Louisiana researchers are awarded national research grant to study prenatal and early postnatal causes of obesity
For more information, contact our Media Relations Manager, Ted Griggs, 225-763-2862 or our Communications Director, Lisa Stansbury, at 225-763-2978. Our news email box is also available at firstname.lastname@example.org.Released: Tuesday, November 01, 2005
BATON ROUGE – The Pennington Biomedical Research Center will be the new home of a national Clinical Nutrition Research Unit (CNRU) specializing in prenatal and early postnatal causes of obesity and other chronic diseases. The CNRU is funded by the National Institutes of Diabetes and Digestive and Kidney Diseases (NIDDK), of the National Institutes of Health (NIH).
Led by Eric Ravussin, Ph.D., a team of nearly 30 researchers were awarded this competitive grant of more than $5.5 million over five years. Research at the Center is currently focused on nutrition and prevention of diseases.
“This grant will allow us to bring together several scientists to work on a common theme,” Ravussin said. “Moreover, we want to reach out to other institutions in Louisiana with faculty who can contribute to this new research effort.”
The newly funded research unit at the Center becomes one of only ten in the country, each of which has a dedicated research theme. The new CNRU’s theme is “Nutritional Programming: Environmental and Molecular Interactions.” Nutritional programming is a line of research that focuses on the role of nutrition on the developing fetus and in early postnatal life. It investigates how variations in nutrition may impact or alter the inherited characteristics of individuals.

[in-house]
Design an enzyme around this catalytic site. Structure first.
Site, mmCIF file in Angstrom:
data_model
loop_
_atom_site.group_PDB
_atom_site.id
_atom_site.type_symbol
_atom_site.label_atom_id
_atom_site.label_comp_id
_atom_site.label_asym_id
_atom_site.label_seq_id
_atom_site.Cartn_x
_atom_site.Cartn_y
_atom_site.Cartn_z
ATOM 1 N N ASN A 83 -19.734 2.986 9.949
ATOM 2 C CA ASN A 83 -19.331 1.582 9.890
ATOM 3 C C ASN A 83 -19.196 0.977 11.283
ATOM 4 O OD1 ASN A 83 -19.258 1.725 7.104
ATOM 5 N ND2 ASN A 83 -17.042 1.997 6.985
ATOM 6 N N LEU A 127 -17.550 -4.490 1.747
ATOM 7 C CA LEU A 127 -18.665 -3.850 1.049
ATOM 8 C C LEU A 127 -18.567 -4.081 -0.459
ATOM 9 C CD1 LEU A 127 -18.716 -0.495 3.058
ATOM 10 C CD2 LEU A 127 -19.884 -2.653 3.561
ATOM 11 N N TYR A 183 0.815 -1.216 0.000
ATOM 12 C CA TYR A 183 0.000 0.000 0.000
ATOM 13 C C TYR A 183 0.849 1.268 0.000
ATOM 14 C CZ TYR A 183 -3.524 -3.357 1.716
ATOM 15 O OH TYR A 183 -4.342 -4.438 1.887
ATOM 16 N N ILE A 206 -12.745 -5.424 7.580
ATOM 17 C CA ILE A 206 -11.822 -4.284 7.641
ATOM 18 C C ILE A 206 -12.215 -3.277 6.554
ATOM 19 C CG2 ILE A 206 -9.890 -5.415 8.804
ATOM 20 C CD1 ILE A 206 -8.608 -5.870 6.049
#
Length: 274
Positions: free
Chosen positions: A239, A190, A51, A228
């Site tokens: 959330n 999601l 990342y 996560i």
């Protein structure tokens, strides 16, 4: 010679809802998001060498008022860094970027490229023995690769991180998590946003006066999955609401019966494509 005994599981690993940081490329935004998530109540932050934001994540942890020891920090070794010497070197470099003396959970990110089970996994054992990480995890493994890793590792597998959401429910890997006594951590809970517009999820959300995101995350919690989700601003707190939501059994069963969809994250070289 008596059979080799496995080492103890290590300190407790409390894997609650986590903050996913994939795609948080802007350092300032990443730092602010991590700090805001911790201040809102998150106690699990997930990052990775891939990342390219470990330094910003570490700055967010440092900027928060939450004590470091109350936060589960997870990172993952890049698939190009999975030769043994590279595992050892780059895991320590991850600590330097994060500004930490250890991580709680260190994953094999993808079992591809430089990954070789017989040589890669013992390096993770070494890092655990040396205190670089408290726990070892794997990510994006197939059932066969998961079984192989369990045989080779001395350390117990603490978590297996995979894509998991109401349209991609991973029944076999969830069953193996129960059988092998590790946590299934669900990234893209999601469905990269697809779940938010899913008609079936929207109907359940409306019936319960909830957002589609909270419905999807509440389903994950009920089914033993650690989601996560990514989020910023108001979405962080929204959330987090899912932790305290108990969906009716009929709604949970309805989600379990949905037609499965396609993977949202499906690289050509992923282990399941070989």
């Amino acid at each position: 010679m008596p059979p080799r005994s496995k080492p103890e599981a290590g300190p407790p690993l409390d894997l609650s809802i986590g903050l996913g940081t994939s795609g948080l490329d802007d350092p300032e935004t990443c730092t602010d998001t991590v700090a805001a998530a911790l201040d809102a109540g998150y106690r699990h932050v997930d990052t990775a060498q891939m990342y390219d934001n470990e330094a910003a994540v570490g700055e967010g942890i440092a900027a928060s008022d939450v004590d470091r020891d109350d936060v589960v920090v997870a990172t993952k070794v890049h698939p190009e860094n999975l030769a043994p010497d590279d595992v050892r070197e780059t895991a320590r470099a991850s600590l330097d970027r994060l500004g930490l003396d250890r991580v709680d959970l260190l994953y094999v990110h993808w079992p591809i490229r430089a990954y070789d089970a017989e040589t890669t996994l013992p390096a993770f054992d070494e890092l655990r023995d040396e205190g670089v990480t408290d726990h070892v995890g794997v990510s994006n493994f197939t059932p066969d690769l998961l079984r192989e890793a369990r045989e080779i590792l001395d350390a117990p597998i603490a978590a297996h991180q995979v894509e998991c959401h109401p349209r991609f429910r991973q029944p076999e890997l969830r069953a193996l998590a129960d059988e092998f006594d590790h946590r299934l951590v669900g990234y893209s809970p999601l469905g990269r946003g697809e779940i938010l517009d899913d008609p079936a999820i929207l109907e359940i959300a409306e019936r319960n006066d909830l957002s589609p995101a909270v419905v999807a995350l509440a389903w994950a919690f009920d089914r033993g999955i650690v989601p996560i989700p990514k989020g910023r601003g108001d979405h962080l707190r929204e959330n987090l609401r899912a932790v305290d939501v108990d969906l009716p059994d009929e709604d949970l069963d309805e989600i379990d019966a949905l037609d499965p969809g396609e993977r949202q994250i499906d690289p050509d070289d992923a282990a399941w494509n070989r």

“Ten years ago, if I had seen identical twins with an exact, hundred-percent match in DNA, I would have told you they are exactly the same. Not any more,” said Ravussin, “We see differences that go beyond DNA, and those differences seem to be partly due to influences of nutrients during fetal and early life development.”
Ravussin said previous research suggests that early nutrient interactions may be involved in causing a predisposition for common conditions, including obesity.
For example, he said, other researchers have already found that low birth weight may impact lifelong metabolic functions and represents a significant risk factor for the development of metabolic diseases in adulthood.
According to Ravussin, the nutritional and hormone mix that fetuses are subject to in the womb seem to have a profound effect on adulthood. The new CNRU will be dedicated to thoroughly examining these complex issues and will provide an opportunity for “bridging clinical and basic science.”
The Pennington Biomedical Research Center is a campus of the Louisiana State University System and conducts both clinical and basic research. It is the largest academically based nutrition research center in the world, with the greatest number of obesity researchers on faculty. The Center's nearly 600 employees occupy several buildings on the 234-acre campus.
Photo: Left to right: Center researchers Anthony Civitarese, Ph. D., Madlyn Frisard, Ph. D. and principal investigator, Eric Ravussin, PH. D., discuss the molecular interaction between two proteins potentially involved in the development of obesity and Type 2 diabetes.
The Pennington Biomedical Research Center is at the forefront of medical discovery as it relates to understanding the triggers of obesity, diabetes, cardiovascular disease, cancer and dementia. It is a campus of Louisiana State University and conducts basic, clinical and population research. The research enterprise at Pennington Biomedical includes approximately 80 faculty and more than 25 post-doctoral fellows who comprise a network of 44 laboratories supported by lab technicians, nurses, dietitians, and support personnel, and 13 highly specialized core service facilities. Pennington Biomedical's more than 500 employees perform research activities in state-of-the-art facilities on the 222-acre campus located in Baton Rouge, Louisiana.